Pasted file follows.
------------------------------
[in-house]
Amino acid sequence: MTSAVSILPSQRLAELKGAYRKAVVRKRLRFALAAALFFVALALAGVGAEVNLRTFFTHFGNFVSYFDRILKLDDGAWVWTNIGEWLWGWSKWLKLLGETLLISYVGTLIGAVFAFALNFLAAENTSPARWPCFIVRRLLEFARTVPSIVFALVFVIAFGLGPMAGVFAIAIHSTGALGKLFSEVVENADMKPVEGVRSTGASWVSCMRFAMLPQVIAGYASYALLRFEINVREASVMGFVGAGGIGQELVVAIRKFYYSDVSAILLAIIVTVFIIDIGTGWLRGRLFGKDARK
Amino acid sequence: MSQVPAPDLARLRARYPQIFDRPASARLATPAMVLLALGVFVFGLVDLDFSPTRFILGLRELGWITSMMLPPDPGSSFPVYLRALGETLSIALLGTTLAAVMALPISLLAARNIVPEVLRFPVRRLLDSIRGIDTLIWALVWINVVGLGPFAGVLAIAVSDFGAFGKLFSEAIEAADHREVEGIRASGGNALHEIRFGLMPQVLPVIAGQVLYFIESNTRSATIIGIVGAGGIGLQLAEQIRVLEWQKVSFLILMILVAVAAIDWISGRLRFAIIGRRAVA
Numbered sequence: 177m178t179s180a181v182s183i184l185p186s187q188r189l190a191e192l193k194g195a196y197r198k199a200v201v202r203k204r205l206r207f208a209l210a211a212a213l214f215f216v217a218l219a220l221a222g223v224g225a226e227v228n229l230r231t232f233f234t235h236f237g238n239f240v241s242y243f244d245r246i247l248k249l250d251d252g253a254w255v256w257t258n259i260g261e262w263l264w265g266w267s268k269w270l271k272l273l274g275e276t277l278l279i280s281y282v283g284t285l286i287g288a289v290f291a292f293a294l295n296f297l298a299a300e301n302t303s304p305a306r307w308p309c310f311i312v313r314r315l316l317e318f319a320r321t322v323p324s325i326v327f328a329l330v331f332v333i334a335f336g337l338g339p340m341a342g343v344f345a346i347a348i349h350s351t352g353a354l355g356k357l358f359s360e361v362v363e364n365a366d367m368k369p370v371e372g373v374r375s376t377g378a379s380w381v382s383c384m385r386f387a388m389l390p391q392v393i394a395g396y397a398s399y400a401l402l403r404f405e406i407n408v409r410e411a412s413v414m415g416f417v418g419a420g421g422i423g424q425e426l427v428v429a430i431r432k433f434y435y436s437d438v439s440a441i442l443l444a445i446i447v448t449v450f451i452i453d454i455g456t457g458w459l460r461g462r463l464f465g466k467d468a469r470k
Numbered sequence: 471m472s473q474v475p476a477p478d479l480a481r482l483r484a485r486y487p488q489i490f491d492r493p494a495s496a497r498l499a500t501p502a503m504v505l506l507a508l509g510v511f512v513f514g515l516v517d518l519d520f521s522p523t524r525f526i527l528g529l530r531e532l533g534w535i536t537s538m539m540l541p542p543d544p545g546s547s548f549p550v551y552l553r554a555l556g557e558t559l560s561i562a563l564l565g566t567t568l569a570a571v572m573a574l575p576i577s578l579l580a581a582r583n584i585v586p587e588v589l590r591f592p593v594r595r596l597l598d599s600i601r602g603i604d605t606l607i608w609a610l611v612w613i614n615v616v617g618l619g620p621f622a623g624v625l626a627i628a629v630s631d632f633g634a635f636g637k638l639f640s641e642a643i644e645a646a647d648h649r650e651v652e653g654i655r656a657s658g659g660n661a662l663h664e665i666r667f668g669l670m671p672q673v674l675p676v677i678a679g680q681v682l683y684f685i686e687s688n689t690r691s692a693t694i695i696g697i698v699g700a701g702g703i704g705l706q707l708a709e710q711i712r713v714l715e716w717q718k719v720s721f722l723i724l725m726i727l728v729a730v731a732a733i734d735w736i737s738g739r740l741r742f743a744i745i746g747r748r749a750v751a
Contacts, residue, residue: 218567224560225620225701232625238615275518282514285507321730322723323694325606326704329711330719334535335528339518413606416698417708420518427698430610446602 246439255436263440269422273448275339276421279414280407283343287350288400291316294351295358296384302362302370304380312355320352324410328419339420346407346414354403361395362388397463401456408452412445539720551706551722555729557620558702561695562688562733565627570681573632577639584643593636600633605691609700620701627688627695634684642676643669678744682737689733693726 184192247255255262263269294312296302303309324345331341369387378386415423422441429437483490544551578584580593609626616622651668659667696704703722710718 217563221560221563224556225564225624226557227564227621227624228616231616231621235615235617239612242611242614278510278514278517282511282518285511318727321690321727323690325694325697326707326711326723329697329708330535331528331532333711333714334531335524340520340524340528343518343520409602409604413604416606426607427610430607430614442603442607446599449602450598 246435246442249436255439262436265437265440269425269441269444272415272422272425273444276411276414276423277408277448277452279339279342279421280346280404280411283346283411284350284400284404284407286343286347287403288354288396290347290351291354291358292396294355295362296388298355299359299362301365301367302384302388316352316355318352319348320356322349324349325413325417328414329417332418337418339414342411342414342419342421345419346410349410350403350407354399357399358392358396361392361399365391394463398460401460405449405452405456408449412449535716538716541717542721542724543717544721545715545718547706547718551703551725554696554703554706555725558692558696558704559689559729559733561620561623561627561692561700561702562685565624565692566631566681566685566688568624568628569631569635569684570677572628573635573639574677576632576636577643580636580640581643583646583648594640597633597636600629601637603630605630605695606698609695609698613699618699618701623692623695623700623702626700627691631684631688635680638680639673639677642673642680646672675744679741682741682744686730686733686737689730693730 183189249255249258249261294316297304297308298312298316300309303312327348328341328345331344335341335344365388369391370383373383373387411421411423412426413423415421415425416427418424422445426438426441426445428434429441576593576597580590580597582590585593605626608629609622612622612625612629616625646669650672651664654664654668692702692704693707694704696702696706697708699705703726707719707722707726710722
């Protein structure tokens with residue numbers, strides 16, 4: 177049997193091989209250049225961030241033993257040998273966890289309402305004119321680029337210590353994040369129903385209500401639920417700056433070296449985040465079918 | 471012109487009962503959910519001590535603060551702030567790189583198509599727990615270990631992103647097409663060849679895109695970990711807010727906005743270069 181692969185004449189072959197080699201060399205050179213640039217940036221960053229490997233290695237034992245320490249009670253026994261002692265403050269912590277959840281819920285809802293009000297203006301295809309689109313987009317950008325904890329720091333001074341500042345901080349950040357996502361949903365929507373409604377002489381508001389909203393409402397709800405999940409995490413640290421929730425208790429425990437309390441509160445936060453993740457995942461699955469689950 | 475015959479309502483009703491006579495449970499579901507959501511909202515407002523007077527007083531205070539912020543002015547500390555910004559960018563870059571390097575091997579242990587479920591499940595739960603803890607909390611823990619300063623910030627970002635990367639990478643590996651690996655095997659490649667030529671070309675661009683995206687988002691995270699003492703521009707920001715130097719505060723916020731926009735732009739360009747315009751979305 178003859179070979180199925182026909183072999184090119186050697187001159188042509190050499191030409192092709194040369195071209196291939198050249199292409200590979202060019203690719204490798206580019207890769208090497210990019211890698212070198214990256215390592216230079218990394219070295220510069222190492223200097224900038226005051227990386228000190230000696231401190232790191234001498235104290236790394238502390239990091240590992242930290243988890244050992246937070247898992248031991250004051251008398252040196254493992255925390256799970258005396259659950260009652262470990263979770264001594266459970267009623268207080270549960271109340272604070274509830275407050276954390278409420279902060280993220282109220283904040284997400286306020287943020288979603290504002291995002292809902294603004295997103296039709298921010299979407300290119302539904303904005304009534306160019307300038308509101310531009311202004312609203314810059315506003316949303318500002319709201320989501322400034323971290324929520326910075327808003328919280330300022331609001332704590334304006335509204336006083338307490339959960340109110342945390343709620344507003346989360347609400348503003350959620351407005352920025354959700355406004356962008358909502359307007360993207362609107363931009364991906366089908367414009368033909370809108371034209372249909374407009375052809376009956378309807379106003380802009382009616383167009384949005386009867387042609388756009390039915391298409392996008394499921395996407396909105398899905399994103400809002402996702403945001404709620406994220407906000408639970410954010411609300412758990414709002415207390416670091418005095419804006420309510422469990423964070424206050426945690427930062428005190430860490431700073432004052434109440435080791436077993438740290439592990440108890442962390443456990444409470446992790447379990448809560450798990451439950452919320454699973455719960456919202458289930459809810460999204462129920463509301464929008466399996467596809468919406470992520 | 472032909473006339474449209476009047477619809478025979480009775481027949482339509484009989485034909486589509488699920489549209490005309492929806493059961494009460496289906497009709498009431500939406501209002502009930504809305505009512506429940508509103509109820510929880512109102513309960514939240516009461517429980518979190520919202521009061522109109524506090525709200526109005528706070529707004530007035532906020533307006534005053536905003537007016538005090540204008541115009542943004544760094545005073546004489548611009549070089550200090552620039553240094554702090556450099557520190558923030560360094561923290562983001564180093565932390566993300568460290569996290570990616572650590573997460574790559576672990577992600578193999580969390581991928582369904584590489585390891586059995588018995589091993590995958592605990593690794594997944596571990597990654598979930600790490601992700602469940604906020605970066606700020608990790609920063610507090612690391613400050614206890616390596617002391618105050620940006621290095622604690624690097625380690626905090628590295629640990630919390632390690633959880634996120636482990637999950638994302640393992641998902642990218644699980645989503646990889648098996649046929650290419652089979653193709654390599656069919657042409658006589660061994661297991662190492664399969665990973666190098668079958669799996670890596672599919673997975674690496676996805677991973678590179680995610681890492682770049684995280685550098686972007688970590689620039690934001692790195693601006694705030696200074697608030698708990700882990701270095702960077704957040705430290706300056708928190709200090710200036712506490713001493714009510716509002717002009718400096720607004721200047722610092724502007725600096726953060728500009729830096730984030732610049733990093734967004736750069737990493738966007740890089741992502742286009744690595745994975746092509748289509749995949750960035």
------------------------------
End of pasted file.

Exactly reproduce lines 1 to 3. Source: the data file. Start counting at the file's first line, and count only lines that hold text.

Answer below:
[in-house]
Amino acid sequence: MTSAVSILPSQRLAELKGAYRKAVVRKRLRFALAAALFFVALALAGVGAEVNLRTFFTHFGNFVSYFDRILKLDDGAWVWTNIGEWLWGWSKWLKLLGETLLISYVGTLIGAVFAFALNFLAAENTSPARWPCFIVRRLLEFARTVPSIVFALVFVIAFGLGPMAGVFAIAIHSTGALGKLFSEVVENADMKPVEGVRSTGASWVSCMRFAMLPQVIAGYASYALLRFEINVREASVMGFVGAGGIGQELVVAIRKFYYSDVSAILLAIIVTVFIIDIGTGWLRGRLFGKDARK
Amino acid sequence: MSQVPAPDLARLRARYPQIFDRPASARLATPAMVLLALGVFVFGLVDLDFSPTRFILGLRELGWITSMMLPPDPGSSFPVYLRALGETLSIALLGTTLAAVMALPISLLAARNIVPEVLRFPVRRLLDSIRGIDTLIWALVWINVVGLGPFAGVLAIAVSDFGAFGKLFSEAIEAADHREVEGIRASGGNALHEIRFGLMPQVLPVIAGQVLYFIESNTRSATIIGIVGAGGIGLQLAEQIRVLEWQKVSFLILMILVAVAAIDWISGRLRFAIIGRRAVA